Obviously, I'm not solely responsible for drawing everyone's attention to Alice; Michael Moran's tweet to India Knight was retweeted over 50 times, and who knows where else it came from, but it spread like wildfire, and I was one of the people who helped fan the flames. I don't know where Michael Moran found out about the bucket list. So who knows how many directions this came from. All I know is that I'm kinda proud that I helped. I'm so happy that people have registered as bone marrow donors as a direct result of my tweet, and that I helped Alice with at least one of the items on her list.

Social media sites are often regarded with suspicion. It's easy to climb on the wrong bandwagon, to get swept up in something that turns out to be wrong or goes too far. When things go viral, they can also go in a malicious direction. People get flamed; people get bullied; people get ruined. But this week, I saw the enormous benevolence it can offer, and the incredible generosity and goodness of a lot of people out there. On a purely selfish note, in a week that was personally not too great for me, I found something that gave me the grains of hope and optimism that I needed. And I'm pretty sure it helped Alice a little bit too. I hope it did. Rock on, Twitter.


UPDATE 19th June

It seems that Alice's sudden fame has been something of a poisoned chalice, judging by her more recent blog posts, and by some of the comments made to me on Twitter. This makes me feel unspeakably sad. I hope that positives – the increase in donors, and Alice meeting Take That amongst them – keep her and her family feeling positive about the whole experience.

3 June 2011

Bathing beauty

Running hot and cold
Ah, bathtime. We may have dreaded it as kids, but as an adult, a bath is the ultimate at-home self-indulgence after a long day…isn't it? A chance to close the door on the world, put on some soft music, and relax in a warm, fragranced watery cocoon.

So we're led to believe.

For me, this is what bathtime is generally like.

  1. Run the water. Wander off while the tap runs. Forget I'm running a bath until the water is near the overflow.
  2. Step into the bath. Get a little insight into what it's like to be a lobster at the moment it's dropped into a pot of boiling water. With a shriek, withdraw red, scalded legs. Drain some water out and turn on cold tap. Wander off while the tap runs. Forget I'm running the bath until the water is near the overflow, again.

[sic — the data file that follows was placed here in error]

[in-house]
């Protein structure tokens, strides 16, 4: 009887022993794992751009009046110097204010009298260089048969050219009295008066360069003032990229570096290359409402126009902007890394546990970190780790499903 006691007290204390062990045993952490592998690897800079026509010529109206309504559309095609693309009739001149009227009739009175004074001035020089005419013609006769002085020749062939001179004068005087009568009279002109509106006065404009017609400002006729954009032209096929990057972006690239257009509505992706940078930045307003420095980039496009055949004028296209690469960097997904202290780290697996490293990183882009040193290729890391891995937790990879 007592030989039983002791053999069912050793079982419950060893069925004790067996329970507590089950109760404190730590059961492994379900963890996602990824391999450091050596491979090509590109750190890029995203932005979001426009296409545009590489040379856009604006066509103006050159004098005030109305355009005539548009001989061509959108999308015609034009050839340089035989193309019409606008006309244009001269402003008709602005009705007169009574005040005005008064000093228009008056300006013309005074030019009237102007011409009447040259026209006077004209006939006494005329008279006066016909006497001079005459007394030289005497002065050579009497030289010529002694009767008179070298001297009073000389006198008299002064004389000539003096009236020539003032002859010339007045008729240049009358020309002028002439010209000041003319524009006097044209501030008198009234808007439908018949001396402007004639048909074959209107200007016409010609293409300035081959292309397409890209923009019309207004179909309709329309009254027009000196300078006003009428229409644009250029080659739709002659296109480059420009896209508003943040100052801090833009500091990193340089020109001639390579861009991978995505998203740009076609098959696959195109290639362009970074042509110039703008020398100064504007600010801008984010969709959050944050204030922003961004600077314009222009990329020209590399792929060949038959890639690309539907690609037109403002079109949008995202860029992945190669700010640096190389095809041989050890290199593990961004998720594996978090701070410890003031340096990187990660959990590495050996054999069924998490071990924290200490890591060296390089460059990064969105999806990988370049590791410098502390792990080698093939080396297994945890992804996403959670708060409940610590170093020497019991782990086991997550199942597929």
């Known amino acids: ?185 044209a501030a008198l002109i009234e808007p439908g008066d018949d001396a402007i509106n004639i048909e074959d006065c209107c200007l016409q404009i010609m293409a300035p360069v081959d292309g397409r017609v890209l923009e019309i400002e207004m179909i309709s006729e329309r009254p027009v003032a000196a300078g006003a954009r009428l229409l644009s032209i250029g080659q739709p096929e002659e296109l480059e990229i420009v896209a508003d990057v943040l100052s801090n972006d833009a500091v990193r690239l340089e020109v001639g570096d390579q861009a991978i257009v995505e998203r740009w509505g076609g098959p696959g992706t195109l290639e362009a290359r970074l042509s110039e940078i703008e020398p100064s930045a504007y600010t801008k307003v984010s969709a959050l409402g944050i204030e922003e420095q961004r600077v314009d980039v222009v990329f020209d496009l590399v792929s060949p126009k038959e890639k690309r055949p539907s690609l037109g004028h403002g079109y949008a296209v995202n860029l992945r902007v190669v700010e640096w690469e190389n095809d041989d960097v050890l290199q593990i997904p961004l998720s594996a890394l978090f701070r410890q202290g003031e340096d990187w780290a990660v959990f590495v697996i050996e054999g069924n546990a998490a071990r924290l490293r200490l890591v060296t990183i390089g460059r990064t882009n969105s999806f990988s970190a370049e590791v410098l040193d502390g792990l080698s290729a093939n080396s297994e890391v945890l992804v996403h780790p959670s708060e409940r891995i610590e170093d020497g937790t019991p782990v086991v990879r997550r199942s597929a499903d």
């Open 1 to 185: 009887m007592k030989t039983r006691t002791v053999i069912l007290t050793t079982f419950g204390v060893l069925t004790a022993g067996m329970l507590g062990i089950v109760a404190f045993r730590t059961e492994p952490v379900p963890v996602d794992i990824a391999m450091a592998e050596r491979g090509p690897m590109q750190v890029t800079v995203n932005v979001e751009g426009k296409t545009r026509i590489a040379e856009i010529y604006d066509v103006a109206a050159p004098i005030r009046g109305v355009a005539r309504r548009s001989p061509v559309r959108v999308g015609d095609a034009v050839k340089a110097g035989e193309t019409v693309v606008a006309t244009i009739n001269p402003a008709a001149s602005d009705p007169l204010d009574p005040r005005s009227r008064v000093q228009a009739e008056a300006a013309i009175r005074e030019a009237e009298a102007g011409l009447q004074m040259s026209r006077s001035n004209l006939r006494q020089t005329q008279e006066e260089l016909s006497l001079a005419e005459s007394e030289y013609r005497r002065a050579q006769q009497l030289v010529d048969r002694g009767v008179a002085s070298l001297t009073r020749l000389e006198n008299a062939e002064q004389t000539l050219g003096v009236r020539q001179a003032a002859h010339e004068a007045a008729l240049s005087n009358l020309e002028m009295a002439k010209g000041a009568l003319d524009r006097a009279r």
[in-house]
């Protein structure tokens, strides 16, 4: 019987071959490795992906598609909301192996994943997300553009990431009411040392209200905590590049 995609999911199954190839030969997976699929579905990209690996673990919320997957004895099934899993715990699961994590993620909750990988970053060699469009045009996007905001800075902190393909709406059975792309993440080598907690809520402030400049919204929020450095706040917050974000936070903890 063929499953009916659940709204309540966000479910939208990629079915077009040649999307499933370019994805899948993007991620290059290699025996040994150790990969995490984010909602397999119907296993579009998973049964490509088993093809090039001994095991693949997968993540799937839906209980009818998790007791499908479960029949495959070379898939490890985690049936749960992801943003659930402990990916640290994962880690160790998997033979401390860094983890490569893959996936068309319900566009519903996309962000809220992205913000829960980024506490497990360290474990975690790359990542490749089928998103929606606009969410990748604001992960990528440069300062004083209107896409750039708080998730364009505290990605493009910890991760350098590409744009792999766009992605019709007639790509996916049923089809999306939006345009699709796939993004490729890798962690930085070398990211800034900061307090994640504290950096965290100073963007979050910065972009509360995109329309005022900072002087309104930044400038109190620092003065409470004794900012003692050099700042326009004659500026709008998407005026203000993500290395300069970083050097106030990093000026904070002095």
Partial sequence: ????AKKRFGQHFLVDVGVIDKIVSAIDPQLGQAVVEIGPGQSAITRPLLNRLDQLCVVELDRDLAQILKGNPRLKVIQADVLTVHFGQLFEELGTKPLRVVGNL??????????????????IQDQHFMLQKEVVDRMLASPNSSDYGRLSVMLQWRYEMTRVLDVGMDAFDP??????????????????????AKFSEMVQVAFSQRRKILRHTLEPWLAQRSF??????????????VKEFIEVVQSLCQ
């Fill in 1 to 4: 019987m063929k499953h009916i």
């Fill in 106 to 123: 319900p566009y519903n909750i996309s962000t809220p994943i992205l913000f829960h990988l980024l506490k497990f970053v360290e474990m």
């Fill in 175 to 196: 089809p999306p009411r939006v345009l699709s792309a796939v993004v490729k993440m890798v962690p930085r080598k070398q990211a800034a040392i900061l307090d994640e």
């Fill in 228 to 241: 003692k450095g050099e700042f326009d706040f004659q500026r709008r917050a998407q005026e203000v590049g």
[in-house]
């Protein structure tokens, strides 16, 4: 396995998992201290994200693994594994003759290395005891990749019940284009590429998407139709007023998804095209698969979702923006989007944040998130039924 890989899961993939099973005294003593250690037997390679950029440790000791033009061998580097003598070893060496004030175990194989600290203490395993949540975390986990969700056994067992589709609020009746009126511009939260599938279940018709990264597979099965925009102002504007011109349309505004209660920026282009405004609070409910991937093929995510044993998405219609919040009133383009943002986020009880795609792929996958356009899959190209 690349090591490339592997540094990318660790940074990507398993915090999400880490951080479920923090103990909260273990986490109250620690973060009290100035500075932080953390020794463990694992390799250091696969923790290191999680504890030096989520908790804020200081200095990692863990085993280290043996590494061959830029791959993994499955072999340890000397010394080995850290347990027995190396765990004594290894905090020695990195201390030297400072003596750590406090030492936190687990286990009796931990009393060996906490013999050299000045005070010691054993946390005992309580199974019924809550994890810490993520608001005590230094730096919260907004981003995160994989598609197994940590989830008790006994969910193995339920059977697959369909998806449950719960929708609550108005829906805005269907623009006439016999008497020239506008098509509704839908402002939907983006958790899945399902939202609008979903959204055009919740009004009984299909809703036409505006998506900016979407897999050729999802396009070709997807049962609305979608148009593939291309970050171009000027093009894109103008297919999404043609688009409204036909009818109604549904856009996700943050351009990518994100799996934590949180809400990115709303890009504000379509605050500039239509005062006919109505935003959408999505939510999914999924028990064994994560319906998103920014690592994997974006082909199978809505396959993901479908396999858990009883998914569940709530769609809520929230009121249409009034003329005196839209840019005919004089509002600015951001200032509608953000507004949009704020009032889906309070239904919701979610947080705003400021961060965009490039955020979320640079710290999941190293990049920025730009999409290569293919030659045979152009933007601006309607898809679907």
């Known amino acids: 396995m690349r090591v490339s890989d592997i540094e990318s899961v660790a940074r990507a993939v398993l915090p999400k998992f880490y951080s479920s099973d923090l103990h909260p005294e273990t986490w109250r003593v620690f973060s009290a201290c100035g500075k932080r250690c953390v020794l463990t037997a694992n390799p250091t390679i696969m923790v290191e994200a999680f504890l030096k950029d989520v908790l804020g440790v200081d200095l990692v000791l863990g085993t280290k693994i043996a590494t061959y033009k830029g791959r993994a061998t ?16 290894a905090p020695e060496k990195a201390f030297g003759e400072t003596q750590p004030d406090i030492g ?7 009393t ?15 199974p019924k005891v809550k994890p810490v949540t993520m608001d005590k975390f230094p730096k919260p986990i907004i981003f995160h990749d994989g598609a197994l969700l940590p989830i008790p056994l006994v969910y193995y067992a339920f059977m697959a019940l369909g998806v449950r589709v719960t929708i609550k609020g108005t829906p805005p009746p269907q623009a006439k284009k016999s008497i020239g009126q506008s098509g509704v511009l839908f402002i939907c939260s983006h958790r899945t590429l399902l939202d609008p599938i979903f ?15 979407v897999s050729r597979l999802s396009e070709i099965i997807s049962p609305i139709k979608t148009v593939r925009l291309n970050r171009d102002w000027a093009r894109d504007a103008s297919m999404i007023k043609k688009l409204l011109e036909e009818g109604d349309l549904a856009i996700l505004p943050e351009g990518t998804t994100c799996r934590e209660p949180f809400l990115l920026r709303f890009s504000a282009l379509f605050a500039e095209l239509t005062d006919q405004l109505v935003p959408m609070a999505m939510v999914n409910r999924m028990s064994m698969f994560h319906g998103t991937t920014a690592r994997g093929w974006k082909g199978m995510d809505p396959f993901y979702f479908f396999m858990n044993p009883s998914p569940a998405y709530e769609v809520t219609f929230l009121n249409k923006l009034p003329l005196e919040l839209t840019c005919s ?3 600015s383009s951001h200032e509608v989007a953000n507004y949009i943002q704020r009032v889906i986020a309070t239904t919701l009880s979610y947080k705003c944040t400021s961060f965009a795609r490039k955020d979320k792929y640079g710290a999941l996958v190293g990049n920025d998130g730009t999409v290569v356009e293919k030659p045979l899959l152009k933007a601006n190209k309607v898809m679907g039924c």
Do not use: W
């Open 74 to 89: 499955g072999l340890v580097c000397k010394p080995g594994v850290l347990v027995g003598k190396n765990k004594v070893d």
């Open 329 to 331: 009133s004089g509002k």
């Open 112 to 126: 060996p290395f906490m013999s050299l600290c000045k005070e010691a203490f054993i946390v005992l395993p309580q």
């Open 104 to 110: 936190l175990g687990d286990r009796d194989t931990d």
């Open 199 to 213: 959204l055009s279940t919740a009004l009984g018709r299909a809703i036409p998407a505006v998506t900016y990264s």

3. Step into the bath. Feel the icy currents flowing through a tepid pool around my legs. Shiver, step out of bath. Drain some water out and turn on hot tap. Wander off while the tap runs. Forget for a third time that I'm running the bath until the water is near the overflow.
  4. Step into the bath. The water is lukewarm. Fuckit, it'll do. Ease self in. Realise I've forgotten to add any product. Pour bath product in and turn on shower attachment for fast frothing into some semblance of a bubble bath. Accidentally spray everything in the bathroom when I drop the shower head. Resolve to deal with sodden toilet paper later.
  5. Step into bath once more and ease back. Here at last comes the relaxing bit! Close eyes. Feel rasping sensation on leg. It's the cat. Licking any part of my limbs that have emerged from the water. Spend the next 5 minutes trying to keep limbs away from cat, and cat away from the bath, which she seems to regard as a gigantic bowl full of warm, soapy water for her own delectation.
  6. Lie back again. Realise I've left my book on the bed. Step out of bath, and, shivering and attempting not to slip and fall over, or trip over the startled cat, retrieve book. Return to bath.
  7. Drop book in bath water.
  8. Abandoning idea of reading, attempt relaxation. Close eyes. Begin to contemplate that I'm lying in a tepid, expensively scented soup of my own filth. Feel icky.
  9. Attempt to wash hair. Realise that I'm just adding shampoo and, I don't know, hair dirt to the soup. Fail to rinse all product from hair. Give up, knowing all the while that my hair will be lank and knotted until next shampoo.
  10. Wish I'd just taken a shower.

Ah, yeah. That's self-indulgence for you. More trouble than it's worth.

Image: Idea go at freedigitalphotos.net